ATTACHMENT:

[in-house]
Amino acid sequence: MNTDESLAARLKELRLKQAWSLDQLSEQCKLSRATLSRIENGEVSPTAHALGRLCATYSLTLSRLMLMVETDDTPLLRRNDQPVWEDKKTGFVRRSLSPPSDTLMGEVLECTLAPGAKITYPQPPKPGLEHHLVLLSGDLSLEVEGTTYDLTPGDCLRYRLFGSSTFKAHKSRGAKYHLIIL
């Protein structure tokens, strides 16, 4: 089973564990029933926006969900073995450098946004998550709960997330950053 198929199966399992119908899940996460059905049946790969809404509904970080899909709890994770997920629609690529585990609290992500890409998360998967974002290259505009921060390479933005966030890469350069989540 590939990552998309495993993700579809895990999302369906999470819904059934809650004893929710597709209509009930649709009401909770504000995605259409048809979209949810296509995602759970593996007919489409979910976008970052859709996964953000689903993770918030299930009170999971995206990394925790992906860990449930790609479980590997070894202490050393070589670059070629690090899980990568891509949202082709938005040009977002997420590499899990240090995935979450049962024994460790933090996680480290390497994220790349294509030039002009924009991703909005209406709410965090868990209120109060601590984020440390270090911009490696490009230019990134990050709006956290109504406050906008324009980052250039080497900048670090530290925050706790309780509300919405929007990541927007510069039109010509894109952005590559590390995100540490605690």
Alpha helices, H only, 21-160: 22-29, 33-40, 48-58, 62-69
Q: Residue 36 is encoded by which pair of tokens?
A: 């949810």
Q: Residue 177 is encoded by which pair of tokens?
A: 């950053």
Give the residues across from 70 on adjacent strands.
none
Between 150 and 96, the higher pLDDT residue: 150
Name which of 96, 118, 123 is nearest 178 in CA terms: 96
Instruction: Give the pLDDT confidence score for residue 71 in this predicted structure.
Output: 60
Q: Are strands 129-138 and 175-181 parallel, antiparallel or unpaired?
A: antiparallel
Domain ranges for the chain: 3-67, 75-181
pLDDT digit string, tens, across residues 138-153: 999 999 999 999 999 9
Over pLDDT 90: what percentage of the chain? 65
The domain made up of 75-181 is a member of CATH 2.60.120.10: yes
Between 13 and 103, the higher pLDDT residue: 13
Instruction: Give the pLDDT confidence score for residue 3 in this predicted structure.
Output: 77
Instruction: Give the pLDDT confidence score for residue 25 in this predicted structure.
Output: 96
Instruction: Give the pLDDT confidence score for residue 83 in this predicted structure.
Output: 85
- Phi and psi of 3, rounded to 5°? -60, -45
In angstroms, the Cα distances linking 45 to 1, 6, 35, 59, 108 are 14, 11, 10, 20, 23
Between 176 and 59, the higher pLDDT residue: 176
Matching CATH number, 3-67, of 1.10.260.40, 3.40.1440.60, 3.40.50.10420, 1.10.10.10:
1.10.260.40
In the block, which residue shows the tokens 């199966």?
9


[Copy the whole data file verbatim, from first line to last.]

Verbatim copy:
[in-house]
Amino acid sequence: MNTDESLAARLKELRLKQAWSLDQLSEQCKLSRATLSRIENGEVSPTAHALGRLCATYSLTLSRLMLMVETDDTPLLRRNDQPVWEDKKTGFVRRSLSPPSDTLMGEVLECTLAPGAKITYPQPPKPGLEHHLVLLSGDLSLEVEGTTYDLTPGDCLRYRLFGSSTFKAHKSRGAKYHLIIL
């Protein structure tokens, strides 16, 4: 089973564990029933926006969900073995450098946004998550709960997330950053 198929199966399992119908899940996460059905049946790969809404509904970080899909709890994770997920629609690529585990609290992500890409998360998967974002290259505009921060390479933005966030890469350069989540 590939990552998309495993993700579809895990999302369906999470819904059934809650004893929710597709209509009930649709009401909770504000995605259409048809979209949810296509995602759970593996007919489409979910976008970052859709996964953000689903993770918030299930009170999971995206990394925790992906860990449930790609479980590997070894202490050393070589670059070629690090899980990568891509949202082709938005040009977002997420590499899990240090995935979450049962024994460790933090996680480290390497994220790349294509030039002009924009991703909005209406709410965090868990209120109060601590984020440390270090911009490696490009230019990134990050709006956290109504406050906008324009980052250039080497900048670090530290925050706790309780509300919405929007990541927007510069039109010509894109952005590559590390995100540490605690």
Alpha helices, H only, 21-160: 22-29, 33-40, 48-58, 62-69
Q: Residue 36 is encoded by which pair of tokens?
A: 């949810």
Q: Residue 177 is encoded by which pair of tokens?
A: 């950053």
Give the residues across from 70 on adjacent strands.
none
Between 150 and 96, the higher pLDDT residue: 150
Name which of 96, 118, 123 is nearest 178 in CA terms: 96
Instruction: Give the pLDDT confidence score for residue 71 in this predicted structure.
Output: 60
Q: Are strands 129-138 and 175-181 parallel, antiparallel or unpaired?
A: antiparallel
Domain ranges for the chain: 3-67, 75-181
pLDDT digit string, tens, across residues 138-153: 999 999 999 999 999 9
Over pLDDT 90: what percentage of the chain? 65
The domain made up of 75-181 is a member of CATH 2.60.120.10: yes
Between 13 and 103, the higher pLDDT residue: 13
Instruction: Give the pLDDT confidence score for residue 3 in this predicted structure.
Output: 77
Instruction: Give the pLDDT confidence score for residue 25 in this predicted structure.
Output: 96
Instruction: Give the pLDDT confidence score for residue 83 in this predicted structure.
Output: 85
- Phi and psi of 3, rounded to 5°? -60, -45
In angstroms, the Cα distances linking 45 to 1, 6, 35, 59, 108 are 14, 11, 10, 20, 23
Between 176 and 59, the higher pLDDT residue: 176
Matching CATH number, 3-67, of 1.10.260.40, 3.40.1440.60, 3.40.50.10420, 1.10.10.10:
1.10.260.40
In the block, which residue shows the tokens 């199966």?
9